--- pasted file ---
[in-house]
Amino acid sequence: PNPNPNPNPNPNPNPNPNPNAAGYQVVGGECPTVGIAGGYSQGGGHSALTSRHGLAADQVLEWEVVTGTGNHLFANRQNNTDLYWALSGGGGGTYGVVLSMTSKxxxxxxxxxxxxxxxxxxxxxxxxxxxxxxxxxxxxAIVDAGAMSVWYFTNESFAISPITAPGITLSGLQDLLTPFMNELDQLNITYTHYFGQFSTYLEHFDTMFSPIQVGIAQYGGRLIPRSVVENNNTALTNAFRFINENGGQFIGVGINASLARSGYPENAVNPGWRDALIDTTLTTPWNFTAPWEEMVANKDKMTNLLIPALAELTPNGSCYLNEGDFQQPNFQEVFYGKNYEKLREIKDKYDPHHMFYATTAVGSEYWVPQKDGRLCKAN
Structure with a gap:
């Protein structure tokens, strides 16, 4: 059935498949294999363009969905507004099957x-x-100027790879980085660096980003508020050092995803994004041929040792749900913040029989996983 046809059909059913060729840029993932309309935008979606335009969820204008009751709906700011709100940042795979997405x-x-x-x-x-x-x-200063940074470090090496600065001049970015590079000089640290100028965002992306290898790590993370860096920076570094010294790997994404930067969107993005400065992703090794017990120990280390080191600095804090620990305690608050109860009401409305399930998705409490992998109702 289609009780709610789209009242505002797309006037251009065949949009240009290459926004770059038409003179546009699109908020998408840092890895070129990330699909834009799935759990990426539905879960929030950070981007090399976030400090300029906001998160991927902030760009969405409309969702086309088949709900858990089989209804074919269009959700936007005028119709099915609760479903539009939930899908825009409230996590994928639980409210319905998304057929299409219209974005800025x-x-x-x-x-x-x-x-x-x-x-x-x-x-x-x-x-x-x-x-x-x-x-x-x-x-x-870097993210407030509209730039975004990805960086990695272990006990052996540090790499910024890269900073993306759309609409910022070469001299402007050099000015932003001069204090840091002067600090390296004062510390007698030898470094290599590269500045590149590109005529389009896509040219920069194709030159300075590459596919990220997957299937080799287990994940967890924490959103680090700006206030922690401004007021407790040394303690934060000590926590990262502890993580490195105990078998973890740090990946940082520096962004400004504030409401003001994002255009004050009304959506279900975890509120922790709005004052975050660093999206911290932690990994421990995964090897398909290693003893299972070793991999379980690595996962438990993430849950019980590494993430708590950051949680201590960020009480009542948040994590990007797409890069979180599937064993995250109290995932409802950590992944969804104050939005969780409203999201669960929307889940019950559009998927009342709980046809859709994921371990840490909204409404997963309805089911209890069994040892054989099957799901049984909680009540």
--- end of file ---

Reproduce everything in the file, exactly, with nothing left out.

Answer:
[in-house]
Amino acid sequence: PNPNPNPNPNPNPNPNPNPNAAGYQVVGGECPTVGIAGGYSQGGGHSALTSRHGLAADQVLEWEVVTGTGNHLFANRQNNTDLYWALSGGGGGTYGVVLSMTSKxxxxxxxxxxxxxxxxxxxxxxxxxxxxxxxxxxxxAIVDAGAMSVWYFTNESFAISPITAPGITLSGLQDLLTPFMNELDQLNITYTHYFGQFSTYLEHFDTMFSPIQVGIAQYGGRLIPRSVVENNNTALTNAFRFINENGGQFIGVGINASLARSGYPENAVNPGWRDALIDTTLTTPWNFTAPWEEMVANKDKMTNLLIPALAELTPNGSCYLNEGDFQQPNFQEVFYGKNYEKLREIKDKYDPHHMFYATTAVGSEYWVPQKDGRLCKAN
Structure with a gap:
């Protein structure tokens, strides 16, 4: 059935498949294999363009969905507004099957x-x-100027790879980085660096980003508020050092995803994004041929040792749900913040029989996983 046809059909059913060729840029993932309309935008979606335009969820204008009751709906700011709100940042795979997405x-x-x-x-x-x-x-200063940074470090090496600065001049970015590079000089640290100028965002992306290898790590993370860096920076570094010294790997994404930067969107993005400065992703090794017990120990280390080191600095804090620990305690608050109860009401409305399930998705409490992998109702 289609009780709610789209009242505002797309006037251009065949949009240009290459926004770059038409003179546009699109908020998408840092890895070129990330699909834009799935759990990426539905879960929030950070981007090399976030400090300029906001998160991927902030760009969405409309969702086309088949709900858990089989209804074919269009959700936007005028119709099915609760479903539009939930899908825009409230996590994928639980409210319905998304057929299409219209974005800025x-x-x-x-x-x-x-x-x-x-x-x-x-x-x-x-x-x-x-x-x-x-x-x-x-x-x-870097993210407030509209730039975004990805960086990695272990006990052996540090790499910024890269900073993306759309609409910022070469001299402007050099000015932003001069204090840091002067600090390296004062510390007698030898470094290599590269500045590149590109005529389009896509040219920069194709030159300075590459596919990220997957299937080799287990994940967890924490959103680090700006206030922690401004007021407790040394303690934060000590926590990262502890993580490195105990078998973890740090990946940082520096962004400004504030409401003001994002255009004050009304959506279900975890509120922790709005004052975050660093999206911290932690990994421990995964090897398909290693003893299972070793991999379980690595996962438990993430849950019980590494993430708590950051949680201590960020009480009542948040994590990007797409890069979180599937064993995250109290995932409802950590992944969804104050939005969780409203999201669960929307889940019950559009998927009342709980046809859709994921371990840490909204409404997963309805089911209890069994040892054989099957799901049984909680009540």